The University of Utah’s Adam S. Bolton is using an effect predicted by Albert Einstein to assess galaxies billions of light-years away.
[Adam S. Bolton speaks at the October monthly meeting of the Salt Lake Astronomical Society, Oct. 18, 2011. Photo by Cory Bauman]
An assistant professor in the Department of Physics & Astronomy, Bolton spoke Tuesday at the monthly meeting of the Salt Lake Astronomical Society, held in the U.’s Behavioral Science Auditorium. About 65 members of the group and guests attended the talk.
Bolton is a leader of the Sloan Lens ACS Survey, which searches for and analyzes this effect, dubbed Einstein rings. Sloan refers to the Sloan Digital Sky Survey, using a telescope in New Mexico, while ACS stands for the Hubble Space Telescope’s Advanced Camera for Surveys.
In 1936, responding to a letter from a colleague asking what would happen if one star lined up exactly behind another as seen from Earth, Einstein calculated that gravitational lensing would occur, Bolton said. This is the appearance of a ring around the foreground object, caused by gravity of a massive closer object bending the light from a more distant object.
An “Einstein ring” is “a luminous circle of a particular radius around the center of the other (foreground) star,” Bolton said. “As a focusing device it’s a very poor optical instrument,” with the distant figure highly distorted.
Starting in 1979, more than 40 years after Einstein’s prediction was published, astronomers began finding Einstein rings in space. The first showed two views of a quasar — an ancient, extremely powerful light source — around a massive closer galaxy. “So there were two images of the same quasar,” he said.
Since then, the Sloan Lens ACS Survey has discovered hundreds of such rings. Many are formed by pairs of galaxies.
[Einstein Rings discovered by the Sloan Lens ACS Survey, shown in a 2005 release. Credit: NASA, the European Space Agency, Bolton (who was with the Harvard-Smithsonian Center for Astronomy at the time) and Sloan Lens ACS Survey Team]
Through mathematical transforms, scientists are able to dig out information about both foreground and the more distant objects, describing mass and even shapes.
When he showed a view of an Einstein ring, Nightly News asked how far the galaxies are from Earth. “It’s probably a few billion light-years [for the closer one] and a few more billion light-years [for the farther one],” he said.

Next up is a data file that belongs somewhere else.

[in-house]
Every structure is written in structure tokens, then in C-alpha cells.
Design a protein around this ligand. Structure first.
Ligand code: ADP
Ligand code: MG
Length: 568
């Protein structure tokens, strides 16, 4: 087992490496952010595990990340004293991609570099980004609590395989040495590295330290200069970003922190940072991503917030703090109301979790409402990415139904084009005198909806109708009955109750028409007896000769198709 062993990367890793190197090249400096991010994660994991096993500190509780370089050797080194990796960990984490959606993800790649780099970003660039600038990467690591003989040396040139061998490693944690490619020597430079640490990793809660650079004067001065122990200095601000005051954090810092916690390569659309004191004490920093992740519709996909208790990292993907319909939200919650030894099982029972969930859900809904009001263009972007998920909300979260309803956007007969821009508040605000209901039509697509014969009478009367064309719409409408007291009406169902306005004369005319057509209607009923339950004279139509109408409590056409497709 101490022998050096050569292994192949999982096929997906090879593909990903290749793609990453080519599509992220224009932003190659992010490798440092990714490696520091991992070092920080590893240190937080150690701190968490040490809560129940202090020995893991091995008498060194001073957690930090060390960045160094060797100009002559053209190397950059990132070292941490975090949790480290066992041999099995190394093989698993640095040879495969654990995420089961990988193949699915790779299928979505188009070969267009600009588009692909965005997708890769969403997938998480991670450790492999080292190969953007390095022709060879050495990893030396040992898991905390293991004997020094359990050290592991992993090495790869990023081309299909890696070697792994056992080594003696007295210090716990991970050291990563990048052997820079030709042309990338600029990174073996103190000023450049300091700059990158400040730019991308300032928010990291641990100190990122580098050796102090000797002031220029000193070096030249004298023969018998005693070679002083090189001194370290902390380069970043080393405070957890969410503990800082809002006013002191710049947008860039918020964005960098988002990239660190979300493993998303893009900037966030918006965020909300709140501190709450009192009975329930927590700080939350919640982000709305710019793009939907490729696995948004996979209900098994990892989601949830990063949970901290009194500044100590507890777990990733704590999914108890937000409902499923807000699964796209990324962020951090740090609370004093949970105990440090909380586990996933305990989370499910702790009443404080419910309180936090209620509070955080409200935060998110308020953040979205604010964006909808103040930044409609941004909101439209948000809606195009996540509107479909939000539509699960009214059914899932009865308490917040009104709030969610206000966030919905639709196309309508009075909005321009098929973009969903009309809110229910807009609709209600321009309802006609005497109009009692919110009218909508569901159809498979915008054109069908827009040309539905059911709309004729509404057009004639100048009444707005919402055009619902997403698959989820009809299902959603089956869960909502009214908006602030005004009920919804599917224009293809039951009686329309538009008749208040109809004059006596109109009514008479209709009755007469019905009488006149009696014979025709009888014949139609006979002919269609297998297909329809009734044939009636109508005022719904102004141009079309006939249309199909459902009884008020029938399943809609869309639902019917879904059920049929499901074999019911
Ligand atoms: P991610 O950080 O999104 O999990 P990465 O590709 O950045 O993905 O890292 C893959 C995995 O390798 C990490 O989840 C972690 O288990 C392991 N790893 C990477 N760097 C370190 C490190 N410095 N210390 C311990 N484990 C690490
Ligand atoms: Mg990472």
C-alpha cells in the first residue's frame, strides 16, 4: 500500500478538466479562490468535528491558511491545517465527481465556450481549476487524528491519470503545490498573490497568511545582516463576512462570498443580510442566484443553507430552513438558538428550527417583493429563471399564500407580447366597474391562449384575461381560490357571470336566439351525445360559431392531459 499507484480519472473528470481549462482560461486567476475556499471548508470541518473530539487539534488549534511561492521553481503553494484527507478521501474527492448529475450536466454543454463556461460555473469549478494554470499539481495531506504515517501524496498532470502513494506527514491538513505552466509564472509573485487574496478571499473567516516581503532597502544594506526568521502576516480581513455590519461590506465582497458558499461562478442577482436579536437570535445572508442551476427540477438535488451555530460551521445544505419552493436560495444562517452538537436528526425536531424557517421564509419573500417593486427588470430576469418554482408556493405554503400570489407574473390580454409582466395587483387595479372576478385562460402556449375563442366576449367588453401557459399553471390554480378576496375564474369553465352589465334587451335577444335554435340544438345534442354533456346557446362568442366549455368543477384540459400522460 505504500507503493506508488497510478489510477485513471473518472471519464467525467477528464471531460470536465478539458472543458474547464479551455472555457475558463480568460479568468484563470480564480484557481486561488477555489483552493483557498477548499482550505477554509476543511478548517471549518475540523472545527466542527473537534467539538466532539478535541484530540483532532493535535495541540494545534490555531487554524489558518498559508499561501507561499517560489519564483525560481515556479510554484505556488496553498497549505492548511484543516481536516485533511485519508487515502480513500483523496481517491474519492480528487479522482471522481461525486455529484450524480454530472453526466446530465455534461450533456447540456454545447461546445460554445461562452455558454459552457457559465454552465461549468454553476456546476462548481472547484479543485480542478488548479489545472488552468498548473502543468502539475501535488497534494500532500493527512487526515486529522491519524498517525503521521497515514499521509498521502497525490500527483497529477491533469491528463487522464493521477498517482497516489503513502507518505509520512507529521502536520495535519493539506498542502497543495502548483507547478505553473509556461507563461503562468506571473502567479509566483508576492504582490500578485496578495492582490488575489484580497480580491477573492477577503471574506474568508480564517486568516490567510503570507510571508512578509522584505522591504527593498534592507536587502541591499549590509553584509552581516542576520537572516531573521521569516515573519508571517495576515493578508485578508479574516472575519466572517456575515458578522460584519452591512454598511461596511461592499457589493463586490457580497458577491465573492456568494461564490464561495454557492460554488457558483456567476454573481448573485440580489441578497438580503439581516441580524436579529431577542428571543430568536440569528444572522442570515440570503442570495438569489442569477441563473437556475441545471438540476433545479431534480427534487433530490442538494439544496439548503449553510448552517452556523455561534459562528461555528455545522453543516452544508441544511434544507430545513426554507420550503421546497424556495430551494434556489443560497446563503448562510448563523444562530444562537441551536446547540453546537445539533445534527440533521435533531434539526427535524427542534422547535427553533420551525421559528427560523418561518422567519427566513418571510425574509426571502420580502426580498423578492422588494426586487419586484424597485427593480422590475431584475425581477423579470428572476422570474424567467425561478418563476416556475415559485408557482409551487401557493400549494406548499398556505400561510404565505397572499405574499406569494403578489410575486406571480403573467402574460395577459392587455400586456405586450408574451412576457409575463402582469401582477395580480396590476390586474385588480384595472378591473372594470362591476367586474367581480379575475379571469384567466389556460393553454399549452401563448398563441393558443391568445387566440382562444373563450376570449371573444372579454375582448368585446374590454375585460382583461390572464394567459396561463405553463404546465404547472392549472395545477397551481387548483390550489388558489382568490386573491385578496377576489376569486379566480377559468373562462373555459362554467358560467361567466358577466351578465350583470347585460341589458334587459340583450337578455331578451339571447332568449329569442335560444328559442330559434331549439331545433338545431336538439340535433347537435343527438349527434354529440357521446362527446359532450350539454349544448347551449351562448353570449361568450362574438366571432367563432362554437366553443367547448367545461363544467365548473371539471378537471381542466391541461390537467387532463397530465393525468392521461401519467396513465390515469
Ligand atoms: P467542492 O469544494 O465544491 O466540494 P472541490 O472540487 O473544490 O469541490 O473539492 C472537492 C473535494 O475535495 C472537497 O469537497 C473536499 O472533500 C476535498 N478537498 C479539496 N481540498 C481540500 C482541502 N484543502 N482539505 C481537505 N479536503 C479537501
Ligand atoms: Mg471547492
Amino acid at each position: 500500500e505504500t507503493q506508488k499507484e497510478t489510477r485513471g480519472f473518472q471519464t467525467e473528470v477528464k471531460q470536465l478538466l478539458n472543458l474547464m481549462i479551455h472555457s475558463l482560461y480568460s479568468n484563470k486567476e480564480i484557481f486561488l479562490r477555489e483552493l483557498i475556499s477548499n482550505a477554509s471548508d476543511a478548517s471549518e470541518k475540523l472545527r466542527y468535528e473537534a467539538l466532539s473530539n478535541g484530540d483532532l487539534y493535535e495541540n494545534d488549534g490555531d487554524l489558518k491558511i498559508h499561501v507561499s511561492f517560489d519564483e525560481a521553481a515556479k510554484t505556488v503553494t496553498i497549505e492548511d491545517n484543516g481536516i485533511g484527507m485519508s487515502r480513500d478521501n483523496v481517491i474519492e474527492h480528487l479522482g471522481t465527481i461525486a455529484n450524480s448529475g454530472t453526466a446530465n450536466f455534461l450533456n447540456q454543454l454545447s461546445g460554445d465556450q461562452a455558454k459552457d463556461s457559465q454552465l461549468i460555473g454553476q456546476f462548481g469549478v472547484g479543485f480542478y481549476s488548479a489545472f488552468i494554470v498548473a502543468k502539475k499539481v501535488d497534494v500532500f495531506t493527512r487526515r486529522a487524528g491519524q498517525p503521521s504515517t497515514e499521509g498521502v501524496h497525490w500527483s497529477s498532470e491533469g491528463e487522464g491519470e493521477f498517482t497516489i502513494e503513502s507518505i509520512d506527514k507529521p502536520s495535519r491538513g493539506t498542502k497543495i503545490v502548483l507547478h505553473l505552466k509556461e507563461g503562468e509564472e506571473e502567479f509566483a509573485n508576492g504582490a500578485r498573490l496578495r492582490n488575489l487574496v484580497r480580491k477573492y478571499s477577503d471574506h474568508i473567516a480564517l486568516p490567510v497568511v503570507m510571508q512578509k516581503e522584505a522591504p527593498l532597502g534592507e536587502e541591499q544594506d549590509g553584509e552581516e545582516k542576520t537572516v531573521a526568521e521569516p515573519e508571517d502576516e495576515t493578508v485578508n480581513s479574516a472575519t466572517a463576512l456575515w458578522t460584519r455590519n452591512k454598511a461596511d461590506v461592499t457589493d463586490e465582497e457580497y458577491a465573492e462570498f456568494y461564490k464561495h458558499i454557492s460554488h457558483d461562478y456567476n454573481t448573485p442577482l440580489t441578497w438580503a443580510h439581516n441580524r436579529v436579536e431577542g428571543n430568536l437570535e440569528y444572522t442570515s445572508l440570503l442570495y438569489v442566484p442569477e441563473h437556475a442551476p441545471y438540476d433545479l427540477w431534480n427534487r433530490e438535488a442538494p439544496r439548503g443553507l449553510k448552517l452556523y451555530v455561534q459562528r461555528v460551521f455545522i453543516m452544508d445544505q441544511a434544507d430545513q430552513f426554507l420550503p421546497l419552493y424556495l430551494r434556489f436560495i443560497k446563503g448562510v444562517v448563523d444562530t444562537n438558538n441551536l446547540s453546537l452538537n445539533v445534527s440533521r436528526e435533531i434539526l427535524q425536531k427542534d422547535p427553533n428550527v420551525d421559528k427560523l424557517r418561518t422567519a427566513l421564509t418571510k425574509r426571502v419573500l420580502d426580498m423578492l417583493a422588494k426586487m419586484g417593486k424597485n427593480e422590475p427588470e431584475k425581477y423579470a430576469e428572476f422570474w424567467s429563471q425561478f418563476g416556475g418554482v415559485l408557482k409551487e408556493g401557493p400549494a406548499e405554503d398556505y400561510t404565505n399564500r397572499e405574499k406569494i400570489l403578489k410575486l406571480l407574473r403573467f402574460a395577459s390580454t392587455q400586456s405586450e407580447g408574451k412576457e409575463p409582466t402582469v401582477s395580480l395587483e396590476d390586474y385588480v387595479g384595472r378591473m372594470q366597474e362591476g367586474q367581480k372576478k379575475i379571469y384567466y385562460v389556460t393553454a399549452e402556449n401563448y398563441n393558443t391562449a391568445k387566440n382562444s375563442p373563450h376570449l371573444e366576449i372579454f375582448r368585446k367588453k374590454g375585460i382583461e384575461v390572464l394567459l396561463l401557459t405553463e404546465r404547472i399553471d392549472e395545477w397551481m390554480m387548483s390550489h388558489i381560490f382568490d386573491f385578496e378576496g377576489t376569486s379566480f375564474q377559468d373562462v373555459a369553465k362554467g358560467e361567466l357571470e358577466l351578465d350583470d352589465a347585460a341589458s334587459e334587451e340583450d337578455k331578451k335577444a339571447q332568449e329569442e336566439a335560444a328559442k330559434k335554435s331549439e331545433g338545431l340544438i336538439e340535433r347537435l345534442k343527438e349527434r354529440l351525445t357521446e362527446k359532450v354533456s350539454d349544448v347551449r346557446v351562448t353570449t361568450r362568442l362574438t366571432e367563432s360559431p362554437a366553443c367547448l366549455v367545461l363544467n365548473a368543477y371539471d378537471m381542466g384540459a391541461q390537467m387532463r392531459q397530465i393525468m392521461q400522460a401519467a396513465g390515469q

Because of their immense distance, these faint objects are so small that — if you pretend they are actually physical rings — it would take some 500 to stretch across the face of the full moon.
“It’s certainly a beautiful phenomenon,” Bolton said. But the scientists must analyze this material in numbers and graphs. He and his team consider how far the light is shifted in the spectrum because of distance, the angular sizes of the foreground galaxy and the ring, how much space has expanded since light left the galaxies and how faint the objects are.
“Galaxies today don’t look like galaxies in the distant past of the universe,” he added. Spiral galaxies like our own tend to merge with other galaxies, eventually becoming absorbed into giant elliptical galaxies. The ellipticals are largely formless other than their general elliptical shape, which is brightest at the center.
The many mergers forming elliptical have “sort of destroyed the detailed structure you see in a spiral galaxy structure,” he said.
Discovering new facts about early galaxies could help in understanding galaxy evolution.
A telltale mark of an Einstein ring is a spectrum where two different red shifts — indicating distance — show up in what seems one object. When one of these is detected by the Sloan Digital Sky Survey telescope in New Mexico, the Hubble Space Telescope can snap a more detailed view from orbit, confirming the presence of a ring.
In turn, that photo is used to calculate a range of information about the galaxies.
An intriguing aspect is the presence of so-called “dark matter,” which has never been seen, but whose gravitational effects can be detected. Dark matter contributes to the lensing effect in Einstein rings.
Even stranger is dark energy, which is speeding up the expansion of the universe. Bolton said ordinary matter making up stars, people and planets amounts to about 4 percent of the stuff of the universe. Dark matter makes up about a quarter and dark energy the rest.
One of the founders of the Sloan Lens ACS Survey, Bolton is working to expand the project to use smaller foreground galaxies instead of only the giant ellipticals measured before.
His Web site notes, “With this new program, we will determine whether the structural regularity that we see in massive galaxies extends to lower masses, or whether there is a characteristic mass at which new trends arise (as has been suggested by other lines of evidence).”